BSM – the recent changes to the organisation were confirmed, including the decision to revert its vehicle fleet to Vauxhall. It was likely that the number of high street centres would reduce. BSM is eager to push forward on CPD.
ADIF – working closely with DSA, they continue to provide help and support to ADIs (including non-members) in a wide range of areas. They are also eager to push forward CPD.
Item 3 Update on the Learning to Drive programme
3. Rosemary Thew and Trevor Wedge provided an update on the Learning to Drive programme.
4. It was confirmed that the Safe Road User Award had recently won a Prince Michael Road Safety Award in the ‘educational’ category.
5. It was also confirmed that the Learning Trial would be undertaken in two phases, with a decision being taken on phase 2 in light of the evidence from phase 1. The overall cost of phase 1 was less than £300k, the majority of which was the cost of evaluating the trial. It was explained that DSA were not at this stage able to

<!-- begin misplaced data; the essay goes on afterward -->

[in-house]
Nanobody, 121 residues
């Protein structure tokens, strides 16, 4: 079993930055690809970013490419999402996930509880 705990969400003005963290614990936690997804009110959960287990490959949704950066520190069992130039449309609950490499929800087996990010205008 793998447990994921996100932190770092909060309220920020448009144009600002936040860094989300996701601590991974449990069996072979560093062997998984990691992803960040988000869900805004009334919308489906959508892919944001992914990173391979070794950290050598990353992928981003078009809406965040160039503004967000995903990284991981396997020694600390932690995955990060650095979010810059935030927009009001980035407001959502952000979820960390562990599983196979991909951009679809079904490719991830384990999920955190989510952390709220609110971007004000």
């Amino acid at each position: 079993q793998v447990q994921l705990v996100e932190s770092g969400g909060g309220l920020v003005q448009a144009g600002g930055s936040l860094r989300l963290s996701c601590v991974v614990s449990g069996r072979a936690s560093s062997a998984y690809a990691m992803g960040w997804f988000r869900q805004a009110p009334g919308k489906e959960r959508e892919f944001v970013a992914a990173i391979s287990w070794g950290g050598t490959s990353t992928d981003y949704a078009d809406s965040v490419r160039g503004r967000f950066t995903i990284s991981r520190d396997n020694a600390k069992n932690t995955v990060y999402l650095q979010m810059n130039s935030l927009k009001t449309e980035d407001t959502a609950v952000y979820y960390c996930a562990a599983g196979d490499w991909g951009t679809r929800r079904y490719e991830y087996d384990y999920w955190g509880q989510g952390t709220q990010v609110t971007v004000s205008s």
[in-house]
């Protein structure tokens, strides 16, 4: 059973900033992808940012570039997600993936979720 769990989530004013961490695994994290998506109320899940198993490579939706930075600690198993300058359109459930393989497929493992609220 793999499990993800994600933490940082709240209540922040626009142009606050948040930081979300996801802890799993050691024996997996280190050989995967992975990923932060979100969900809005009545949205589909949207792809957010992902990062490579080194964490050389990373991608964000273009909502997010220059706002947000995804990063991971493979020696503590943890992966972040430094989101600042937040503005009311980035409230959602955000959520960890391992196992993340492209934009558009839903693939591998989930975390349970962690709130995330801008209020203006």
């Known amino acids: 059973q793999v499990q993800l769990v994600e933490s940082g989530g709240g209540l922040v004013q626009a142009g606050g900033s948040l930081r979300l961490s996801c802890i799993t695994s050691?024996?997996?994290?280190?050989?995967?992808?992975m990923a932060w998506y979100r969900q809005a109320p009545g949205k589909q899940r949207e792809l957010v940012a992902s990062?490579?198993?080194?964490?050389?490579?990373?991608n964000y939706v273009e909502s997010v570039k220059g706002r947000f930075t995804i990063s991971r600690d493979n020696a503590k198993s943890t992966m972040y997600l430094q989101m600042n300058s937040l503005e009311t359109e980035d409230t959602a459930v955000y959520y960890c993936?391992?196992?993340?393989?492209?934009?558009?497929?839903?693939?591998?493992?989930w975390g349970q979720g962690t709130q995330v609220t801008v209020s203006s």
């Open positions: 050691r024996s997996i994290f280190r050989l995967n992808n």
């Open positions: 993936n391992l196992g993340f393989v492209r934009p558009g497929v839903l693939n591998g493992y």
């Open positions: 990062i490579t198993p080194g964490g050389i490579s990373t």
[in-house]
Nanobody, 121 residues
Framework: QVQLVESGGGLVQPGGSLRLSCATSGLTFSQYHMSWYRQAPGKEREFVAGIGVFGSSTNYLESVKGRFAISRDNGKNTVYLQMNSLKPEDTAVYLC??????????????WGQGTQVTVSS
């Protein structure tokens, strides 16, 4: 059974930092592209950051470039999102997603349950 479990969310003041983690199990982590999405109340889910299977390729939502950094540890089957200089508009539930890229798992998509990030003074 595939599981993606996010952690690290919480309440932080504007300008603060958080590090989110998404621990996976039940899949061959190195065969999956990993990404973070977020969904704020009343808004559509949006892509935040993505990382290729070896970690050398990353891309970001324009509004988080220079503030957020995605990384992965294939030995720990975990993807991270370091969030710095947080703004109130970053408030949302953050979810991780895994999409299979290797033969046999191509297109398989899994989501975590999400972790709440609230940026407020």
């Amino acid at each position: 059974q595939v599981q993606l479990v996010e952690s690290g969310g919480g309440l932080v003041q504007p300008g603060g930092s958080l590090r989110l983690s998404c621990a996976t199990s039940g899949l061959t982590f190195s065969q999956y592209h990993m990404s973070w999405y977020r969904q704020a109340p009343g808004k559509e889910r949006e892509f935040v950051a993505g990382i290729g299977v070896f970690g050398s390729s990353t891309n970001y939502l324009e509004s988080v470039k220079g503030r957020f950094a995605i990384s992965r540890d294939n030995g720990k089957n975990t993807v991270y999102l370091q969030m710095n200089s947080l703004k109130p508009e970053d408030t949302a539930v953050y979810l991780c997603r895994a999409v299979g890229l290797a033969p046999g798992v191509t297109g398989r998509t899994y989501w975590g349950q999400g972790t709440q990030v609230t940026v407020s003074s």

share the phase 1 ADI training materials as it was necessary to avoid contaminating the trial and its evaluation.
Item 4 The DSA National Driving Standards
6. Ian Holden, DSA’s Senor Education Advisor presented an overview around the DSA’s National Driving Standards and the ongoing work with GoSkills and Skills for Logistics to align these with current National Occupational Standards. This would see some units of DSA’s Standards being embedded in the NOS. GoSkills confirmed that the final proposals would be subject to formal consultation before they can be adopted.